Senior Loans versus CLOs

A collateralized loan obligation (CLO) is a security backed by a diversified pool of senior loans. The CLO manager will issue debt and equity in order to raise cash from investors, then use this cash to purchase millions of dollars in senior secured loans. The cash flows generated from the underlying senior loans are then passed on to the investors, however they are not paid out equally.

Debt issued by a CLO is divided into difference slices, or “tranches.” Each tranche has a different risk profile due to varying claims on cash flow from the portfolio of loans. Tranches with the most senior claim might be assigned a rating of AAA, while subordinated tranches are rated lower. As with any other investment decision, investors select tranches based on the tranche’s risk profile and expected returns.

As the CLO generates cash flows, the funds are paid to investors in a waterfall-like fashion. The senior-most tranche will be made whole first. After they are repaid, the mezzanine tranches receive their payments. This continues until all debt tranches receive what they are owed and any excess cash is then distributed to the equity investors.

It is important to realize that just like with investing in plain vanilla bonds, credit risk could materially hinder returns, especially in subordinated debt and equity tranches. Due to the waterfall of payments, it is possible that if negative credit events occur, the lower tranches and/or equity investors might not be repaid.

Figure 2: Annual Returns: CLOs versus Senior Loans and High Yield Bonds (%)

Senior Loans Versus High Yield (And Other Types of Corporate Debt)

On the surface, senior secured loans might appear very similar to high yield corporate debt, as both securities are issued by below investment-grade rated issuers and offer higher yields than that of investment-grade corporate bonds. However, there are several differentiating characteristics between these two securities types.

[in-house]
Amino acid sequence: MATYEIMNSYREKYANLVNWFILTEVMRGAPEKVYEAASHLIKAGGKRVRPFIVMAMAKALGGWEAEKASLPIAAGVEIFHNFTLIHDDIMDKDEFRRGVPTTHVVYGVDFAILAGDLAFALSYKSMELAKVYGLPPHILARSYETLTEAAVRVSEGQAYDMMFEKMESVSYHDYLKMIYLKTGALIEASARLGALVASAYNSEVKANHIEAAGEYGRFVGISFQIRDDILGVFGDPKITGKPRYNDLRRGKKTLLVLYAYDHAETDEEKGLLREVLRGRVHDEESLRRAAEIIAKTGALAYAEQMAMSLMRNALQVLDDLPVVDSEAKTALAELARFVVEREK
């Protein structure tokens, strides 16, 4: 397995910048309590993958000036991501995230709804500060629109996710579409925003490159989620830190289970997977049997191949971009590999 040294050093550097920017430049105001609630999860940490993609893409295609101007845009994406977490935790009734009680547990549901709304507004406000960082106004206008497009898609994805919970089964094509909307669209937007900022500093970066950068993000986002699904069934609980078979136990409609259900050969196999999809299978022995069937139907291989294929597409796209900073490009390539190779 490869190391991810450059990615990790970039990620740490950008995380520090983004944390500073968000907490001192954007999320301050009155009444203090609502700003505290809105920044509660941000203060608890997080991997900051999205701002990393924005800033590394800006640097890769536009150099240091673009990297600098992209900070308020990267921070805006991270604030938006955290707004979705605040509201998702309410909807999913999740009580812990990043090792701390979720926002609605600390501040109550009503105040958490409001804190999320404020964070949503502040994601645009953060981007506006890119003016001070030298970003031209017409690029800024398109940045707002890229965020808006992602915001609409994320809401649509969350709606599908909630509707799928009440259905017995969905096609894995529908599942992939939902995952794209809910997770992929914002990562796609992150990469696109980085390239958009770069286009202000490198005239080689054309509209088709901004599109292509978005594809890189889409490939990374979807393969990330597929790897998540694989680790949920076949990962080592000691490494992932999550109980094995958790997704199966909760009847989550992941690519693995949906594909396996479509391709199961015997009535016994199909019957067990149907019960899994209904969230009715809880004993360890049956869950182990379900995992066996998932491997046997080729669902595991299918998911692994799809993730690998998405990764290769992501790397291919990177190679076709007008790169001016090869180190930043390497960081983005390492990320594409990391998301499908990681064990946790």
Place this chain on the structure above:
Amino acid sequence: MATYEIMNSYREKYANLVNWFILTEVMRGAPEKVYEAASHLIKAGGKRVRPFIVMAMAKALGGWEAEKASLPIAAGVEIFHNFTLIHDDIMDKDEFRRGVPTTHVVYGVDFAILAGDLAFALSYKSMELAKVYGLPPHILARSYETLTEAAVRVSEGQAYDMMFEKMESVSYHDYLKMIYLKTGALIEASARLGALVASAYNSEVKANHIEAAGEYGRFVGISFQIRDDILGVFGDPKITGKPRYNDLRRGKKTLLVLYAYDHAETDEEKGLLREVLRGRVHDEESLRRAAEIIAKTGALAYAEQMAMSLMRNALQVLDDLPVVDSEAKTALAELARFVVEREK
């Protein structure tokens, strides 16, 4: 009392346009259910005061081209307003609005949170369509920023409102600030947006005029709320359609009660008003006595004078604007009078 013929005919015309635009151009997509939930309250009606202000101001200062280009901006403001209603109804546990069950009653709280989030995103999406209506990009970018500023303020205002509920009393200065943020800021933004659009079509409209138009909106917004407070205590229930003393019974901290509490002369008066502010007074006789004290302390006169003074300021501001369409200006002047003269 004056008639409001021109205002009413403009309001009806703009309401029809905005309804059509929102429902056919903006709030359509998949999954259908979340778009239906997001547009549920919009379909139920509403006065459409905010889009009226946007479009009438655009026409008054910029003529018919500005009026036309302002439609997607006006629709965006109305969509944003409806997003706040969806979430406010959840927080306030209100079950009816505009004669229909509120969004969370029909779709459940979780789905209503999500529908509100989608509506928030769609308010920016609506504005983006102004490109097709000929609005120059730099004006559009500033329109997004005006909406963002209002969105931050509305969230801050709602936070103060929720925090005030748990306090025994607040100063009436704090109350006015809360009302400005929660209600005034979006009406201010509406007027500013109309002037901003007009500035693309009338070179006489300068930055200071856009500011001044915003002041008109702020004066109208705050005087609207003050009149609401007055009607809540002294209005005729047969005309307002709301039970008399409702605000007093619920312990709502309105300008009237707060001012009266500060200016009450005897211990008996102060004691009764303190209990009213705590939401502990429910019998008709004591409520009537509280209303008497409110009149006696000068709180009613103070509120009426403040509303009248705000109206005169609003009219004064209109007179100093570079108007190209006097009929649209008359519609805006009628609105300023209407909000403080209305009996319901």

Starting with the most basic, as previously explained, senior loans pay a floating rate coupon that typically resets every quarter, whereas high yield corporates pay a fixed interest rate, typically in semi-annual installments, over the life of the bond. This leads to a large divergence in interest rate sensitivity between the two. Due to their resetting coupon payment, senior secured loans typically have a duration of 0.25 years while high yield debt broadly has a duration of 3.79 years, although the duration of individual bonds will vary.5 This longer duration can be a headwind, especially during periods of rising rates. In fact, duration effects detracted 2.52% from high yield bonds’ performance in 2021, while its impact on senior loans was muted.6

Key differences also arise when it comes to investor protections. Unlike senior secured loans, high yield corporate bonds are typically not secured by any underlying asset. That is to say, issuers of these bonds do not pledge collateral to secure the loan. This is important because if there is a bankruptcy or liquidation, there are generally no assets to back the high yield bond issuance.